The thing I have found interesting is that when asked to totally make something up from scracth, fictional, our students often get stuck. For the summer class, we asked our students to make a story up for “What really happened at Camp Magic Macguffin” using media we collected and their imagination. Quite a few stumbled at first as they tried to make a story just a series of events. I am curious how to make them realize they totally can invent things, characters, etc.

The idea of weekly reflections (this summer it was Letters Home) worked well, and now this is part of our course structure. The trick is getting more of te reflection and not just a list of assignments

It’s also a lot of work to help students find a personal voice for writing. I lost track of how many assignments I had to ask them to not only do the basics like inventing a more imaginative title than “Video Assignment”, use hyperlinks & embedded media- but really, to create an interesting narrative as context for their media.

Lastly, its sobering that after all of our messaging about personal cyberinfrastructure, owning their personal web space, owning their name/domain, the vast majority of students do not return to their blogs. A few do, and I have a great story of a student I thought was maybe not present who really got it, and turned the experience into something that became a job offer.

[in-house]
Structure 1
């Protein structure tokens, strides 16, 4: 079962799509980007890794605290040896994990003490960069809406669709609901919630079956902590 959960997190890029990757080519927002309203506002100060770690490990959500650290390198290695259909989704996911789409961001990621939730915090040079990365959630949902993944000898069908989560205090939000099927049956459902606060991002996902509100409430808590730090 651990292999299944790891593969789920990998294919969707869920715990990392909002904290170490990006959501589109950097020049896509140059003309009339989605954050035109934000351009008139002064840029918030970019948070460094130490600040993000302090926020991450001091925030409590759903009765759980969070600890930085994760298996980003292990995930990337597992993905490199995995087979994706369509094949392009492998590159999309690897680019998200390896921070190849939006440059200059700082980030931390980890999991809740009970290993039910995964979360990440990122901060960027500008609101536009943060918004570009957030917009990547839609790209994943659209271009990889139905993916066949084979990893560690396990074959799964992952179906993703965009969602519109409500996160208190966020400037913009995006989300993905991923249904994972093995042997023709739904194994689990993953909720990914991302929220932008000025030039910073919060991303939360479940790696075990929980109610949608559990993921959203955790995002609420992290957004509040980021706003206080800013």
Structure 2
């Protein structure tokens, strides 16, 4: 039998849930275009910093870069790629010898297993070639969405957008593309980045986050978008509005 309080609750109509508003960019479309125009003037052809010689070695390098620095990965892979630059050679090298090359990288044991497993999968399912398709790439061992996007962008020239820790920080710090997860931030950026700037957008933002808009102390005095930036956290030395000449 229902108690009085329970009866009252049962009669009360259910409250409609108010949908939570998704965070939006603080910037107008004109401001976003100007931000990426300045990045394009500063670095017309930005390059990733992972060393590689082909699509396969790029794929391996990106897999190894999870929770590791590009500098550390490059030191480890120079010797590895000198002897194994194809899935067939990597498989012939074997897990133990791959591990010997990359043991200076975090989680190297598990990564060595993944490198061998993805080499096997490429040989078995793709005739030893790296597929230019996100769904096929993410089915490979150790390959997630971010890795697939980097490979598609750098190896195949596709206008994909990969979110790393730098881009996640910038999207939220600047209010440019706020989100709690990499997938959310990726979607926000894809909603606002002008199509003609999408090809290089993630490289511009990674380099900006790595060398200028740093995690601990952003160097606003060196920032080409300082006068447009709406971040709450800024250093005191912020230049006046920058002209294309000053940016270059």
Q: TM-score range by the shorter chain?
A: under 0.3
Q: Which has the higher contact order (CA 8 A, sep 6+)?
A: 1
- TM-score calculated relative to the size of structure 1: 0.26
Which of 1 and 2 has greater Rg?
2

There are standouts like Linda who used what she learned in ds106 as a platform for doing web design projects (and I loved her reflection video on ds106– which was not even an assignment – that we now use on the ds106 About page).

But for the majority, even with this experience, the web publishing is more or less in the bucket of school assignments, and when the class is done so are they. I still believe in this, and will push the idea. It totally rubs against the prevalent attitude of what school is, it is not it is #4semester of #4grade.

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An early 90s builder of web stuff and blogging Alan Levine barks at on web storytelling (#ds106 #4life), photography, bending WordPress, and serendipity in the infinite internet river. He thinks it's weird to write about himself in the third person. And he is 100% into the Fediverse (or tells himself so) Tooting as